In October, protests erupted in Nigeria calling for the government to #EndSARS. The Special Anti-Robbery Squad was a federal policing unit established in 1992 to respond to a wave of crime that came about in Nigeria’s largest cities like Lagos and Abuja. But, increasingly, these officers (who did not wear uniforms but operated in plain, civilian clothes), became accused of harassment, torture, and extrajudicial killings, starting to mirror the thugs and gangs they were supposedly meant to be targeting, but instead being fond of brutalizing Nigeria’s urban youth.
Although Nigerian president Muhammadu Buhari disbanded SARS on October 11, the demonstrations have persisted and have come to represent more than simply opposition to police violence, but a deep frustration with the status quo and the political class defending it. Driven by Nigeria’s youth, the protests are a seminal moment for discrediting widespread stereotypes that they are lazy and complacent, and reflect the disillusionment of young people globally who see the post-Cold War political-economic settlement as delivering nothing but inequality, joblessness, climate catastrophe and downright misery. They want something better.
Joining us to discuss these demonstrations and where they’re next headed, are Sa’eed Husaini and Annie Olaloku-Teriba. Sa’eed is a political scientist based in Lagos and contributing editor to Africa Is A Country, and has previously appeared on the show to discuss Nigerian politics, where he touched on some of the mobilizations which have preceded this moment such as Occupy Nigeria in 2012, the Take It Back Movement of 2018, as well as the #RevolutionNow movement started in 2019. How do these protests movements inform what we are seeing today? Considering that the #RevolutionNow campaign had protests as recently as August and is co-ordinated by a party platform, the Coalition for Revolution (CORE), how does its existence and efforts compare with the rapid growth of #EndSARS, which for now steadfastly remains a decentralized movement?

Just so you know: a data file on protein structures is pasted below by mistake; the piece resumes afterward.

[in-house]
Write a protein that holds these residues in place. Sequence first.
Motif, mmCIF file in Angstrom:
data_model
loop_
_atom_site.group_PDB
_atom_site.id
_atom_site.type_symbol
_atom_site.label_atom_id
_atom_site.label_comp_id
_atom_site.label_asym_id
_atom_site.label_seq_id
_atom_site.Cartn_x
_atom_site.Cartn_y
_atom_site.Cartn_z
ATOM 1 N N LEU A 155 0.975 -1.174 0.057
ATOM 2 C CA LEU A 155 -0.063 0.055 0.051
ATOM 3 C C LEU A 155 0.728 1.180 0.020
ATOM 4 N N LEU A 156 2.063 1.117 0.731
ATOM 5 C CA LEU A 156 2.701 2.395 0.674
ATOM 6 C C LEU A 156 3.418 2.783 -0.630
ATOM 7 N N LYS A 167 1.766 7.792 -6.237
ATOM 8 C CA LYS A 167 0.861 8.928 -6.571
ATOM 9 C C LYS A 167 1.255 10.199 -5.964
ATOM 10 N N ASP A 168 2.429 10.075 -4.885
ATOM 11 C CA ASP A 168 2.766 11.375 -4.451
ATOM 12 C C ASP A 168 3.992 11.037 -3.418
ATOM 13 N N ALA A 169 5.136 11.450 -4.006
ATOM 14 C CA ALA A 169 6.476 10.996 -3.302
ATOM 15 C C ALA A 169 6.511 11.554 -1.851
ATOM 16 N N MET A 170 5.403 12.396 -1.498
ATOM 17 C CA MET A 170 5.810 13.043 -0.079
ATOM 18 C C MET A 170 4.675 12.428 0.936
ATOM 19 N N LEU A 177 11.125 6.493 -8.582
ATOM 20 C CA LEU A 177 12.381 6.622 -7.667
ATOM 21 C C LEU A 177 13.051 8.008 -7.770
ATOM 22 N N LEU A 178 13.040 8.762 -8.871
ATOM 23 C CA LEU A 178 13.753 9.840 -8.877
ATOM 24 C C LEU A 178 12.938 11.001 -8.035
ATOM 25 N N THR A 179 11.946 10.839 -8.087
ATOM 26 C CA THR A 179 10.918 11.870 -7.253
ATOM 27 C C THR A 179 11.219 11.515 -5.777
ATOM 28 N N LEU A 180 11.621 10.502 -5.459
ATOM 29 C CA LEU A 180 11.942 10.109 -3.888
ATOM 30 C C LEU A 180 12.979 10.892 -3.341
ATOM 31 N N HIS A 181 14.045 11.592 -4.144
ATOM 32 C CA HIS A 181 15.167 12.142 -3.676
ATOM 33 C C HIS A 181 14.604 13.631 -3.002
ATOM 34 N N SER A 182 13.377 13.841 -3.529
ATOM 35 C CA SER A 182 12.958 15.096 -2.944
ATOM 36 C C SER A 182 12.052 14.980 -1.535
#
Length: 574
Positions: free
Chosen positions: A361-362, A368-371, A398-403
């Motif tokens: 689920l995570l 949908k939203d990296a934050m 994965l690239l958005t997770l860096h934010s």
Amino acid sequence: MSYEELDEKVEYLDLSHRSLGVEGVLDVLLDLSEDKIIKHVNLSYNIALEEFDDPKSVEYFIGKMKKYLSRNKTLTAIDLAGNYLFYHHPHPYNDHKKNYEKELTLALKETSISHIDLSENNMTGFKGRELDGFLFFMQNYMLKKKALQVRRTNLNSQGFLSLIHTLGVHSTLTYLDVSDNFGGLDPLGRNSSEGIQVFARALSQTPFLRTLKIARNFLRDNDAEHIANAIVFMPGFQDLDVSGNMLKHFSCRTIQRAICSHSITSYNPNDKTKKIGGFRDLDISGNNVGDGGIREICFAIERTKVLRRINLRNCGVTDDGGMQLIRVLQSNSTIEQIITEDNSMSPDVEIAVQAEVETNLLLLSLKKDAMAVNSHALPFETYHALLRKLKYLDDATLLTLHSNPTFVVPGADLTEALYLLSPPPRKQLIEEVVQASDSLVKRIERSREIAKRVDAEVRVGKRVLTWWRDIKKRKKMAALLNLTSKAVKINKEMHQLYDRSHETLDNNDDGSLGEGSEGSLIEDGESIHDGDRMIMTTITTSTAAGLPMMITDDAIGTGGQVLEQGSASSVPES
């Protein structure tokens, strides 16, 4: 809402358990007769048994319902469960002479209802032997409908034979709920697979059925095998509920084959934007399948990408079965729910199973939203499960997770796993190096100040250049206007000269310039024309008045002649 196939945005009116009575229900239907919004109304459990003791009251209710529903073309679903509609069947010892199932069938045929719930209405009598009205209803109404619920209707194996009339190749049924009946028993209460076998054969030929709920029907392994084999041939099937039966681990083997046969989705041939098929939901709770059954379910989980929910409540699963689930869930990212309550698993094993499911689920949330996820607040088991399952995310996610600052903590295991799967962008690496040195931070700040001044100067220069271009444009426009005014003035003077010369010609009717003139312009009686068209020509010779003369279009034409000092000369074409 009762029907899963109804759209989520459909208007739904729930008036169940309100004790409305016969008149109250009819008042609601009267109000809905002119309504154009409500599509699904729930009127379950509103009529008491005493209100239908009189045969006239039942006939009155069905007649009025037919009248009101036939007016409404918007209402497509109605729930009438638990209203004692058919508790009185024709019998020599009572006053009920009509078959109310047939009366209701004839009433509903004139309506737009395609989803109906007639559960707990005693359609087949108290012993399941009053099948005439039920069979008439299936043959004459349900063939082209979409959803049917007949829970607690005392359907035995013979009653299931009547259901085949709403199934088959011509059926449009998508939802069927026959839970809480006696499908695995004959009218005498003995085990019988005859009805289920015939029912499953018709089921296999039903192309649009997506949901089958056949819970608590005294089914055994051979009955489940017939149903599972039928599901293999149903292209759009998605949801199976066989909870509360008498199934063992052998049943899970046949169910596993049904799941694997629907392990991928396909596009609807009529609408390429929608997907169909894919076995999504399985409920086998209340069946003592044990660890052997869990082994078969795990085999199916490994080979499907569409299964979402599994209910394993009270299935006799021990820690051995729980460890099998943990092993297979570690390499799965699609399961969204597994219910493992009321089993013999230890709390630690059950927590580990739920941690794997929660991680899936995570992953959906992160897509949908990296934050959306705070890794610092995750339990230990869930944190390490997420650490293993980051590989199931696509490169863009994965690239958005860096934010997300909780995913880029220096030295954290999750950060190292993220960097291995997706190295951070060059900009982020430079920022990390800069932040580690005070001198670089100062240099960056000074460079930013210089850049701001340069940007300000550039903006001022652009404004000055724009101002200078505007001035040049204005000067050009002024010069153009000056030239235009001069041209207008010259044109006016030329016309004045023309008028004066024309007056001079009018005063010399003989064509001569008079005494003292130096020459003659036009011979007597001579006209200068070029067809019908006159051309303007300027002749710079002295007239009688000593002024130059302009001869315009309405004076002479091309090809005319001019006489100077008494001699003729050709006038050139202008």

Annie is a British-Nigerian independent researcher based in London, working on legacies of empire and the complex histories of race. On a recent op-ed for Al Jazeera, Annie wrote that “The movement is being supported financially not only by the large diaspora and Nigeria’s biggest stars, but also by foreign celebrities, such as American rapper Noname.” Adding to this list are Cardi B, Rihanna, Drake, Trey Songz, Kanye West, Lewis Hamilton as well as football stars like Marcus Rashford, Odion Ighalo and Mesut Ozil. How do we make sense of this level of global attention, rare for protests happening in Africa? Does this express a newfound global consciousness around issues of police violence on the heels of #BlackLivesMatter international, or does their susceptibility to celebrity and corporate attention also make them easy to co-opt?
The protests are still happening, and scores of protestors have been arrested, injured or killed by law enforcement. If you are able to contribute to the fundraising for bail and hospital fees, food, water, and other expenses, please do so.
Last week, we had on Benjamin Fogel and Wangui Kimari to discuss the emptiness of anti-corruption politics, and then Sabatho Nyamsenda and Elisa Greco to zero in on the particular case of Tanzania as well as discuss its upcoming election (happening this coming Thursday!). If you missed the episode, you can watch clips from that show on our YouTube channel, and the whole thing on our Patreon along with all the episodes from our archive.